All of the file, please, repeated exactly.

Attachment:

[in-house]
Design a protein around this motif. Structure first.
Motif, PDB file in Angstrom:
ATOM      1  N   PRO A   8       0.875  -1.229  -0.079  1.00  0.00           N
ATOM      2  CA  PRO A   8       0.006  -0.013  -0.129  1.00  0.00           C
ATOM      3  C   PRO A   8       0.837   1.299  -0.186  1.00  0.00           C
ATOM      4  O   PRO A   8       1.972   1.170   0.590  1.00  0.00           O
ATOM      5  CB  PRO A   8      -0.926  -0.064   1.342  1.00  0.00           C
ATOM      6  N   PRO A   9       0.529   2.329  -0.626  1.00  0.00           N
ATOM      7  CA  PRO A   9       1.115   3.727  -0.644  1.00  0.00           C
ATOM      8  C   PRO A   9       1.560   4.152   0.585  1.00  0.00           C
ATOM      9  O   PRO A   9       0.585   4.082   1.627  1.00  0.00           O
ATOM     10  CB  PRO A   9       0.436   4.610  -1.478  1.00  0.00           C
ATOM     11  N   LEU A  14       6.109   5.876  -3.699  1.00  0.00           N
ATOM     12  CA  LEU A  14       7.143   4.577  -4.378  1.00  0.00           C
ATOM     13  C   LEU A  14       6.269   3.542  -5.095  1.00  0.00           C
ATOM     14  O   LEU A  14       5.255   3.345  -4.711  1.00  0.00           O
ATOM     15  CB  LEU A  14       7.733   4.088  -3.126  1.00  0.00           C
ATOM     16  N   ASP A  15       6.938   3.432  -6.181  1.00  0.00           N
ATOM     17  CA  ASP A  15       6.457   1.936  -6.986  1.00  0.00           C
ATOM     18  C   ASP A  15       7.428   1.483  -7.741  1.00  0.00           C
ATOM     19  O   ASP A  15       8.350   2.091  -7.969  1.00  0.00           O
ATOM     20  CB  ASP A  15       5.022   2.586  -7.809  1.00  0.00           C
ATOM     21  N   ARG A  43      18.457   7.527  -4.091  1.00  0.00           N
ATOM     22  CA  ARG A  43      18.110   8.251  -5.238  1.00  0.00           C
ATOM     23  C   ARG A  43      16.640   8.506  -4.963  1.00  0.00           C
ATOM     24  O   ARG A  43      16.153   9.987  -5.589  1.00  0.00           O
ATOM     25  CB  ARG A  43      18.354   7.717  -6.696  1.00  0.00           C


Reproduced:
[in-house]
Design a protein around this motif. Structure first.
Motif, PDB file in Angstrom:
ATOM      1  N   PRO A   8       0.875  -1.229  -0.079  1.00  0.00           N
ATOM      2  CA  PRO A   8       0.006  -0.013  -0.129  1.00  0.00           C
ATOM      3  C   PRO A   8       0.837   1.299  -0.186  1.00  0.00           C
ATOM      4  O   PRO A   8       1.972   1.170   0.590  1.00  0.00           O
ATOM      5  CB  PRO A   8      -0.926  -0.064   1.342  1.00  0.00           C
ATOM      6  N   PRO A   9       0.529   2.329  -0.626  1.00  0.00           N
ATOM      7  CA  PRO A   9       1.115   3.727  -0.644  1.00  0.00           C
ATOM      8  C   PRO A   9       1.560   4.152   0.585  1.00  0.00           C
ATOM      9  O   PRO A   9       0.585   4.082   1.627  1.00  0.00           O
ATOM     10  CB  PRO A   9       0.436   4.610  -1.478  1.00  0.00           C
ATOM     11  N   LEU A  14       6.109   5.876  -3.699  1.00  0.00           N
ATOM     12  CA  LEU A  14       7.143   4.577  -4.378  1.00  0.00           C
ATOM     13  C   LEU A  14       6.269   3.542  -5.095  1.00  0.00           C
ATOM     14  O   LEU A  14       5.255   3.345  -4.711  1.00  0.00           O
ATOM     15  CB  LEU A  14       7.733   4.088  -3.126  1.00  0.00           C
ATOM     16  N   ASP A  15       6.938   3.432  -6.181  1.00  0.00           N
ATOM     17  CA  ASP A  15       6.457   1.936  -6.986  1.00  0.00           C
ATOM     18  C   ASP A  15       7.428   1.483  -7.741  1.00  0.00           C
ATOM     19  O   ASP A  15       8.350   2.091  -7.969  1.00  0.00           O
ATOM     20  CB  ASP A  15       5.022   2.586  -7.809  1.00  0.00           C
ATOM     21  N   ARG A  43      18.457   7.527  -4.091  1.00  0.00           N
ATOM     22  CA  ARG A  43      18.110   8.251  -5.238  1.00  0.00           C
ATOM     23  C   ARG A  43      16.640   8.506  -4.963  1.00  0.00           C
ATOM     24  O   ARG A  43      16.153   9.987  -5.589  1.00  0.00           O
ATOM     25  CB  ARG A  43      18.354   7.717  -6.696  1.00  0.00           C